Although in 2012, the average spend at an airport for a traveller was a mere $5.15, according to the Airport Council International (ACI) of North America. That means most people are missing out: Airport flâneurs are awash in options these days.
To shop like a pro, first clear security as quickly as possible. In most airports, you’re bound to find more interesting food, shopping and service options after the security gates (Newark Airport, for example, offers post-security bliss including Belgian beer, a whisky bar and a salumeria). Besides, do you really want to take your food-stuffed self through those body scanners, anyway? And as the lineups for clearance get ever more unpredictable, you want to maximize your shopping before boarding.
For many travellers who spend much of their lives in airports, there’s a certain buying routine or airport splurge that makes the day a bit more bearable. Whether it’s a pack of Mentos and a tacky fridge magnet (Black’s airport vice of choice) or a trashy bestseller, allowing yourself a budget to buy something airport specific can be a great way to make use of time. For me, the price of admission is a bottle of water and a no-brainer paperback that wouldn’t make it past the threshold at home (there are limits, however. Even an interminable airport delay wouldn’t make me resort to self-help tomes). I’ll confess to a fascination with Brookstone’s useless gadgetry, and window shopping while wondering about the mindset behind headband earphones or baby monitors for dogs is also a guilty pleasure.
When checking out the duty-free store, bear in mind that some brands (especially whisky brands) such as Glenfiddich and Laphroaig release “travel retail” editions that are only sold at airports. Ask the staff or do a little research and you might come back with a special gift for the Scotch lover at the office.
The number one way that you can ensure a less panicked experience is simple: Give yourself that time to relax by getting to the airport in plenty of time. “I’m weird and neurotic about time – I’m always at the airport way too early,” says Black. “It’s always easy to lose an hour of time to customs and security, and that just stinks.”
Sometimes, this tranquility can come from your choice of airport itself. And when deciding your route, bigger isn’t always better. Gordon prefers to fly out of smaller regional airports when she travels. “An ideal travel experience for me is often out of smaller airports where the parking is easier, and the terminal experience is better. The lineups are shorter and the security screening goes quicker. It’s just an easier, more relaxing experience all around,” she says.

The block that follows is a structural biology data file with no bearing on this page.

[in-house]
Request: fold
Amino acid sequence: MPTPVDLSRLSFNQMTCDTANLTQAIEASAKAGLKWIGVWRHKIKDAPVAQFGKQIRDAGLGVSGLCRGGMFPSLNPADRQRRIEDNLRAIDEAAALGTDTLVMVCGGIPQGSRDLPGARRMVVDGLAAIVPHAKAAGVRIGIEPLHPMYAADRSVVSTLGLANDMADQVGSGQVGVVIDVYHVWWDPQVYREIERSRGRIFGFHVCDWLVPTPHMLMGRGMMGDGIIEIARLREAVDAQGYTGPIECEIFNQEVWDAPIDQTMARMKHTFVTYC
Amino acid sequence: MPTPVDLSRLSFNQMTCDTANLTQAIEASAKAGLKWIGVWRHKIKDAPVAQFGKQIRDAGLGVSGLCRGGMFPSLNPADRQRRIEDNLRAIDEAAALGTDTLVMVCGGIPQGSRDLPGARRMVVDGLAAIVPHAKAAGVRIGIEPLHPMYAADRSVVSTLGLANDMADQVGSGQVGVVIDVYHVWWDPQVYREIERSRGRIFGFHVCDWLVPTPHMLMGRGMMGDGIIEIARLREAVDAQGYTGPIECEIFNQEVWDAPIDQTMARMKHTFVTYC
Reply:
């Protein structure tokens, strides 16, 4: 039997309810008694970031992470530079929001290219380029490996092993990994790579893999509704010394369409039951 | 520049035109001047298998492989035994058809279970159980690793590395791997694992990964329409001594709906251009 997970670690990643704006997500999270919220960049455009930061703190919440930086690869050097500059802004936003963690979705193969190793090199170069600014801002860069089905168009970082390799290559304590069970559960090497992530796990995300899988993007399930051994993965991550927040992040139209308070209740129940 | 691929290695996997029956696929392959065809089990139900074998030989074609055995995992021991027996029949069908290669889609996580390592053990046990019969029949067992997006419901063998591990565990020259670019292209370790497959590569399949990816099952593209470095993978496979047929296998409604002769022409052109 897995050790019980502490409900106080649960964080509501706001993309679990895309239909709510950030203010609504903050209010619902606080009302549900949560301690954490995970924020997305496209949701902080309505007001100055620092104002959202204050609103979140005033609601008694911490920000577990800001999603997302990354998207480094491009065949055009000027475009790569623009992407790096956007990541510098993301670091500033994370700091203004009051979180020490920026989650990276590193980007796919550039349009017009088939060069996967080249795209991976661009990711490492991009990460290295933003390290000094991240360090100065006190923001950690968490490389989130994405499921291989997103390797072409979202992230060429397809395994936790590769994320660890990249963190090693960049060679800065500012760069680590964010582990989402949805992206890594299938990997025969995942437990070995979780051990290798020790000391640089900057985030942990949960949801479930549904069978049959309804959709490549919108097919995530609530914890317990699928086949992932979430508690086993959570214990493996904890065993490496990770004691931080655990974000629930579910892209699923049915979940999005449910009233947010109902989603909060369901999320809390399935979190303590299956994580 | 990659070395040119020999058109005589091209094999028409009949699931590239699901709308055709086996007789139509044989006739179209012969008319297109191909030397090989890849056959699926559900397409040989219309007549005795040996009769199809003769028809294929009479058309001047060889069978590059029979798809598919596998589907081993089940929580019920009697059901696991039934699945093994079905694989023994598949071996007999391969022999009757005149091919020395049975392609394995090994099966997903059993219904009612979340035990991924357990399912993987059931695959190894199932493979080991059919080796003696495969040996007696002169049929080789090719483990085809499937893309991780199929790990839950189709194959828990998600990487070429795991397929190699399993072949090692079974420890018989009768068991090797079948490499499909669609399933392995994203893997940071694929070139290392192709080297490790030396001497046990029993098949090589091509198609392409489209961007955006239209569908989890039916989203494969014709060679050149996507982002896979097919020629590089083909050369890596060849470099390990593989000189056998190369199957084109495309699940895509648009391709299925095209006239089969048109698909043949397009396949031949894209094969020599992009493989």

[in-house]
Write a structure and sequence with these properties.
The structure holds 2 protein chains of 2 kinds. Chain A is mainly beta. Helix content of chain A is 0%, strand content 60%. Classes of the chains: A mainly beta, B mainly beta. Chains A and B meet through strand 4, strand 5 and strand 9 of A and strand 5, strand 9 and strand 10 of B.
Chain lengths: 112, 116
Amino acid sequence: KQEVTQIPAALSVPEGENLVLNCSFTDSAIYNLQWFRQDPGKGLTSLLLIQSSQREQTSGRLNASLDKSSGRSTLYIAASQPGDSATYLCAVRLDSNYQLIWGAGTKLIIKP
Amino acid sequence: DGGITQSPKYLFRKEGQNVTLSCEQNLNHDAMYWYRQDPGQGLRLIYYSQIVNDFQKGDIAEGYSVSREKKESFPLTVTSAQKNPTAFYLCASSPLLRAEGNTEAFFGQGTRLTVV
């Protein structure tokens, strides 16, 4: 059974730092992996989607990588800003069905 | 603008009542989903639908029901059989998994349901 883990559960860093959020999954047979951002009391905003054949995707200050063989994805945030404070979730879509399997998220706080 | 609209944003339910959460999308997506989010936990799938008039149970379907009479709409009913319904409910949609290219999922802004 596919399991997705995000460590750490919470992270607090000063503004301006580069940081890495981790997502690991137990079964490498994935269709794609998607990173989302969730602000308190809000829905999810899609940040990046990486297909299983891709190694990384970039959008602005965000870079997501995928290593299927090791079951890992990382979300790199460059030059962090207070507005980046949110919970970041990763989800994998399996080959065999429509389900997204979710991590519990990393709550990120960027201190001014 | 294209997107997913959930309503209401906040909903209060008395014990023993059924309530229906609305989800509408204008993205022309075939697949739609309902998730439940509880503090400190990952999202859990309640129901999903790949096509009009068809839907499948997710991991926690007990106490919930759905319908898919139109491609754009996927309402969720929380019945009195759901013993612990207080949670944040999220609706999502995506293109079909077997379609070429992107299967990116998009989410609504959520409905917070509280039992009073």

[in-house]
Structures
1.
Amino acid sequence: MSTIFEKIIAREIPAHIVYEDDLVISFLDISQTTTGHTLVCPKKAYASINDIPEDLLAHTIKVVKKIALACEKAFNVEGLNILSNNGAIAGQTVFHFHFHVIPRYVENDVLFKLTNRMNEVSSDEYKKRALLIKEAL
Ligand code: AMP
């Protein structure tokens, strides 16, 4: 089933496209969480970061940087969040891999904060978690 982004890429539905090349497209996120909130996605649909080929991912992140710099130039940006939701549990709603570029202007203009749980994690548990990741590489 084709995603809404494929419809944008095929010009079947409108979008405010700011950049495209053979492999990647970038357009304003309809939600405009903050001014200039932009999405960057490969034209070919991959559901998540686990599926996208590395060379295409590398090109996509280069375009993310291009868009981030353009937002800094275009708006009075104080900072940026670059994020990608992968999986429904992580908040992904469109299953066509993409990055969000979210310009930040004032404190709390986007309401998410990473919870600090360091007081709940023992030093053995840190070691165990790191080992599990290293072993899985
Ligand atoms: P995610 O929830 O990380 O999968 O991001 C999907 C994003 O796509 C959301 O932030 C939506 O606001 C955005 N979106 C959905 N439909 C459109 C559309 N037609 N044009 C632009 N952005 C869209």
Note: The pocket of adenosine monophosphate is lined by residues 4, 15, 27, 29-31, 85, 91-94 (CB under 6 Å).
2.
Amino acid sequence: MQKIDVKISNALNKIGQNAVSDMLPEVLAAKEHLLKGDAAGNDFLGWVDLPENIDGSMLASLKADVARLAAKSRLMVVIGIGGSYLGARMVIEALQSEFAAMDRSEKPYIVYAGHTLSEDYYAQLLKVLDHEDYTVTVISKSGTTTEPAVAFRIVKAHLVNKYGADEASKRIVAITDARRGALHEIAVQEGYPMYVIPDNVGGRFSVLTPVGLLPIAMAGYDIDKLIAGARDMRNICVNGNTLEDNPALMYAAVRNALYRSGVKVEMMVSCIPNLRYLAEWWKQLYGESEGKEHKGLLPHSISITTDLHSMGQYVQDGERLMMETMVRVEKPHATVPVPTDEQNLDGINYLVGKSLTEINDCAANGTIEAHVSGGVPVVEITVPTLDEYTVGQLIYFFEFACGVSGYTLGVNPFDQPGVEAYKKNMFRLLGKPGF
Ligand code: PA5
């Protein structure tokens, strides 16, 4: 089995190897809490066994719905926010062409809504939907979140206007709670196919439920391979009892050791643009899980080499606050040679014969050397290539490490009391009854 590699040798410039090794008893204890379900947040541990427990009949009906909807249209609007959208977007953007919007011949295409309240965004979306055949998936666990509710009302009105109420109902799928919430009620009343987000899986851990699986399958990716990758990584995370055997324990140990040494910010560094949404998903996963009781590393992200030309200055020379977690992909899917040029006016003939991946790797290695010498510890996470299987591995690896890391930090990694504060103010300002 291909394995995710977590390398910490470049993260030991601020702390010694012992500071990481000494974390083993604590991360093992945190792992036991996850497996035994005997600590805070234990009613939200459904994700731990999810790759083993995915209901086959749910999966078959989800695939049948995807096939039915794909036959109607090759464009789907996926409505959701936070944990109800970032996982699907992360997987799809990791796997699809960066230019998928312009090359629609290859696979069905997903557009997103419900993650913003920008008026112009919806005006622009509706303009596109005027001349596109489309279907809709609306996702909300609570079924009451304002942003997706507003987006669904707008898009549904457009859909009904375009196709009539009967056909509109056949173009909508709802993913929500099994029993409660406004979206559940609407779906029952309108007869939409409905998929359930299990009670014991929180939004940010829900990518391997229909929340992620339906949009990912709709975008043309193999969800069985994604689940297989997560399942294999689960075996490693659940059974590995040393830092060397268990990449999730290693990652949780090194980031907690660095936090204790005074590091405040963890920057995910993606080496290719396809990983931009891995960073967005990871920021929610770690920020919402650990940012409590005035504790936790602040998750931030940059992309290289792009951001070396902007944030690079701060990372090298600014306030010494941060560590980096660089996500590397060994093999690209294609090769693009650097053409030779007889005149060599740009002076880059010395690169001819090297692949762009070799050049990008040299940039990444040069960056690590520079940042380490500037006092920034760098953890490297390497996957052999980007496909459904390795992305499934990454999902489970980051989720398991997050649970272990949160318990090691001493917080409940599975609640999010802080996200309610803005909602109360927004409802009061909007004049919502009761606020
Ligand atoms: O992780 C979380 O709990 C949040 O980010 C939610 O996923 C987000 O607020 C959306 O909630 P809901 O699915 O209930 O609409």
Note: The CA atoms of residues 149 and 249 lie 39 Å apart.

From local art at Halifax Stanfield International Airport to outdoor garden spaces throughout North America, airports are bringing in the outside world to the airport experience.
Although spas and lounges offer tranquility for a price, sometimes the best things in airports are free. The most recent trend of furry companions in the shape of therapy dogs has been wagging its way across Canada, with options from Rottweilers to terriers taking the terror from flying for nervous passengers at airports in Thunder Bay and Halifax. For other ways to lower your blood pressure, Boston’s Logan International Airport offers walking paths and heart monitors to measure your cool.
“Volunteers may lead you to a yoga retreat, such as the one in Chicago’s Midway International Airport.”
Rather than working in the lounge, travelling light and wandering around the airport can help you find your own oasis of calm. And although silent airports are a new trend in noise reduction, it often pays to speak up at the airport. “I used to just put my headphone earbuds in, but not anymore,” Black says. “You run into people that you wouldn’t normally run into at an airport. You don’t have anything in common with them except that you’re both flying to the same destination or from the same place. It’s kind of neat – you get the chance to see what’s going on in the mind of your fellow man.”
Also talk to the airport volunteers (you’ll likely make their day if they haven’t had any questions for a while) and ask them about quirky or serene spaces. It may lead you to a yoga retreat, such as the one in Chicago’s Midway International Airport, an onsite viewing space to watch airplanes such as Montréal–Pierre Elliott Trudeau International Airport’s Jacques-de-Lesseps Park, or an out of the way hidey-hole with power outlets, sun and comfortable chairs – every traveller’s nirvana.
Just don’t get too relaxed – your time will fly by before you know it.
Toronto-based writer and editor Leslie Wu has travelled through 50 airports across the globe while covering and consuming the world’s most interesting plates. Find her on Twitter @leslie_wu.